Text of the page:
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EXCERPT | July 13, 1981
An American superbrat wins his first Wimbledon
The Bjorn Borg--John McEnroe final was a rematch of their five-set classic at the All England Club and the third installment of their Grand Slam rivalry. Curry Kirkpatrick reported from Centre Court.
When it finally ended in the gathering greens and grays of a long Fourth of July afternoon, he was alone. Just he and his racket and the ball coming shoulder high on the left. There were no more "incompetent fools" or "disgraces to mankind" in the chair. There were no more "cheats" on the lines. There were no "vultures" in the stands, no "trash" or "liars" in the press box and none of the other persecutions, real and imagined, which had been visited upon him for a fortnight. Now it was only he, reaching out on the forehand and jabbing a volley. When the ball landed smack in the corner, clean and clear where nobody could overrule the call or replay the point or "screw" him, he had beaten them all. Most of all, John McEnroe had finally beaten the great Bjorn Borg at Wimbledon. For that he will be remembered long after his outrageous behavior and guttersnipe quotations are forgotten.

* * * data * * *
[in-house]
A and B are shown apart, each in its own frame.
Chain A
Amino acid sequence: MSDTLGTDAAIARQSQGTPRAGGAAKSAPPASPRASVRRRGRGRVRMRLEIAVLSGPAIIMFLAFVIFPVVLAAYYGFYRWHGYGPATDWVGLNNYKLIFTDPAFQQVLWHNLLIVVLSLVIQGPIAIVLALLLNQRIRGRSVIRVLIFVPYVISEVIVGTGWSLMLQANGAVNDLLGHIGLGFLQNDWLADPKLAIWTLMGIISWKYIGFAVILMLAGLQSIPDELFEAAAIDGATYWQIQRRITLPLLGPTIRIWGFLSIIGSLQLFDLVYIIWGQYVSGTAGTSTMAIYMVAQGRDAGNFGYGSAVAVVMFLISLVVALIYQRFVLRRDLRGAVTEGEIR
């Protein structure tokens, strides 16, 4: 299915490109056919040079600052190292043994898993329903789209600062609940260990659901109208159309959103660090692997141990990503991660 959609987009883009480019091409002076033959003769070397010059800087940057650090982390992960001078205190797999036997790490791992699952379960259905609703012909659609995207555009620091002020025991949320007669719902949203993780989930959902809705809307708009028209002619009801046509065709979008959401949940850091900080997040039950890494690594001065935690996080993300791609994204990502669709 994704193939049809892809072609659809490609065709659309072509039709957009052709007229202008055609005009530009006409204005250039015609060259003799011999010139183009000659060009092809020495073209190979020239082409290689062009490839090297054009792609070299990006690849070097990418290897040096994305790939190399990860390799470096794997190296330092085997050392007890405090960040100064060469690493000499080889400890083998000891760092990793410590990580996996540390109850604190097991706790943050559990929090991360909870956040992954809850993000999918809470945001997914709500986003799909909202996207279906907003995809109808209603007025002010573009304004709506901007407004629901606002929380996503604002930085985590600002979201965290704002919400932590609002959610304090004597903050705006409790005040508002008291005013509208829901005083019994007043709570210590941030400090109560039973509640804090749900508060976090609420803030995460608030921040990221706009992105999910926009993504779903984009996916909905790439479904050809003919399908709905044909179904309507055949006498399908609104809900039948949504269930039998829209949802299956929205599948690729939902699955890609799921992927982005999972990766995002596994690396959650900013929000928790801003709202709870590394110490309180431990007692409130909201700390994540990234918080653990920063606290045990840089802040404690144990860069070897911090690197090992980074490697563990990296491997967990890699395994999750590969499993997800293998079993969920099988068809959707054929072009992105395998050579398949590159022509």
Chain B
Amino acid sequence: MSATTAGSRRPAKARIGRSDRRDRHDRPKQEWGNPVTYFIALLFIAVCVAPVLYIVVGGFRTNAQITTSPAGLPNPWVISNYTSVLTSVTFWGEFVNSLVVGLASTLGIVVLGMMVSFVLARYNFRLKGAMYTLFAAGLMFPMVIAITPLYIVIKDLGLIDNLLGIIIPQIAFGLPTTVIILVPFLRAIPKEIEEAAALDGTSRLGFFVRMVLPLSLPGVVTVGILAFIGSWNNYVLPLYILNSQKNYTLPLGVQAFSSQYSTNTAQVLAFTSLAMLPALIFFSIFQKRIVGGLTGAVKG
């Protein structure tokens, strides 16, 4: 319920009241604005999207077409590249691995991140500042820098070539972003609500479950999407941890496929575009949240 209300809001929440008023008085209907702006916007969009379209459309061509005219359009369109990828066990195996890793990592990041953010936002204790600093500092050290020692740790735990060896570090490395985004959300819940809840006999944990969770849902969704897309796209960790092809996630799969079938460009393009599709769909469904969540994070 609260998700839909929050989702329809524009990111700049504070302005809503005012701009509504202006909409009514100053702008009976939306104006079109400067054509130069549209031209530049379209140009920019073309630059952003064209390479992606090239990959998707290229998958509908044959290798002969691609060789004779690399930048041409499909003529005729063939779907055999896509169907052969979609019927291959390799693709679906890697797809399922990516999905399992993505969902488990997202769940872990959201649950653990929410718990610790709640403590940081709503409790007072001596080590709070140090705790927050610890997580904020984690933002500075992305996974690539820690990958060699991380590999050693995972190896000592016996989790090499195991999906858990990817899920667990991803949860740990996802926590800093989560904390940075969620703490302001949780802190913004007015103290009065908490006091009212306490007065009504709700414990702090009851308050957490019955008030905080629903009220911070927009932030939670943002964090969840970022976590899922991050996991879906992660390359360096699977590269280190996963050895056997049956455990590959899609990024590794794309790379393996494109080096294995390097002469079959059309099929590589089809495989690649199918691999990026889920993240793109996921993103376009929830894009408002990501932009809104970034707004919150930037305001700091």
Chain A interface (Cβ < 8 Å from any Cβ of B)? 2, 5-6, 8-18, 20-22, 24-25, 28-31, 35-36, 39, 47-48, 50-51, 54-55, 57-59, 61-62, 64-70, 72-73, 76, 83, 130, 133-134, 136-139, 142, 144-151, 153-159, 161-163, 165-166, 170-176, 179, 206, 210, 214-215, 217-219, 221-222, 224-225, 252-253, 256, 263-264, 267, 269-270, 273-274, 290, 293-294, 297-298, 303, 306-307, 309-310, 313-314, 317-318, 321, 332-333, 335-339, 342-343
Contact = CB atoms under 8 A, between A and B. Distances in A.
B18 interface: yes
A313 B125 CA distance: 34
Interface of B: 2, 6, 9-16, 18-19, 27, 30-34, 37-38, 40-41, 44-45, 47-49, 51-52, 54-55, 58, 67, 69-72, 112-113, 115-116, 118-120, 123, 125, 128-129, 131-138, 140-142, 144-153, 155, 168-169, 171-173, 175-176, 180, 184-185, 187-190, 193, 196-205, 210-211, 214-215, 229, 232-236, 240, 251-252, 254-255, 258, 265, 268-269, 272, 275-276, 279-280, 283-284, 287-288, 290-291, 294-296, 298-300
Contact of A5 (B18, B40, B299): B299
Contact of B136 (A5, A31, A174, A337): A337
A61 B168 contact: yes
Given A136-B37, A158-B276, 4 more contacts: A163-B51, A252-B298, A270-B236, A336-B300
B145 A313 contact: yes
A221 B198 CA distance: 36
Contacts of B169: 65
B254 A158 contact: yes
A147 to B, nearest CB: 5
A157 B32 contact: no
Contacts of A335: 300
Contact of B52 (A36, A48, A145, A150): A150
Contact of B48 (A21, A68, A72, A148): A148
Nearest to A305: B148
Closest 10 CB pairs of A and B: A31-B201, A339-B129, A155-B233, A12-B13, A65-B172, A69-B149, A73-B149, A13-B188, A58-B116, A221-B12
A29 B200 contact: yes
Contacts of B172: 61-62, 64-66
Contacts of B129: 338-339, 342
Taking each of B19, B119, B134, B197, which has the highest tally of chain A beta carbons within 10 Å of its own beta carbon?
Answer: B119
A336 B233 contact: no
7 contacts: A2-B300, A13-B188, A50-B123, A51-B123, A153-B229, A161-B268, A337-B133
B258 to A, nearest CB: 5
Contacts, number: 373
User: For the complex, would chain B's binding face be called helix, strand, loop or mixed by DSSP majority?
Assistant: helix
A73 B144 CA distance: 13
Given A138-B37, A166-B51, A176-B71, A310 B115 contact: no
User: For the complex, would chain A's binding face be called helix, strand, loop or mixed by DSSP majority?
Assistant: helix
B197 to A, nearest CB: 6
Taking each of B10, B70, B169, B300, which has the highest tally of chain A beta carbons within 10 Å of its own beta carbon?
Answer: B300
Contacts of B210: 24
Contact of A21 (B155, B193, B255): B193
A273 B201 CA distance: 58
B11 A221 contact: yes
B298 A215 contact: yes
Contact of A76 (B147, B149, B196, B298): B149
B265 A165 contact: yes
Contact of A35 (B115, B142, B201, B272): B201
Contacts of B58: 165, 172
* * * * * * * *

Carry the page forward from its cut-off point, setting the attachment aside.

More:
It had taken a thoroughly preposterous six Wimbledons, with Borg winning 41 straight matches, for this moment to arrive. The scores were 4--6, 7--6, 7--6, 6--4, and when the Centre Court clock struck 5:30 p.m., at the instant the championship changed hands, McEnroe looked to the sky for a moment, transfixed by what he had accomplished. Then he whirled to salute his family in the visitors' box. Brother Mark already had the champagne out.
McEnroe, 22 in 1981, would win Wimbledon twice more and finish with seven career Grand Slam singles titles and 10 more in doubles.
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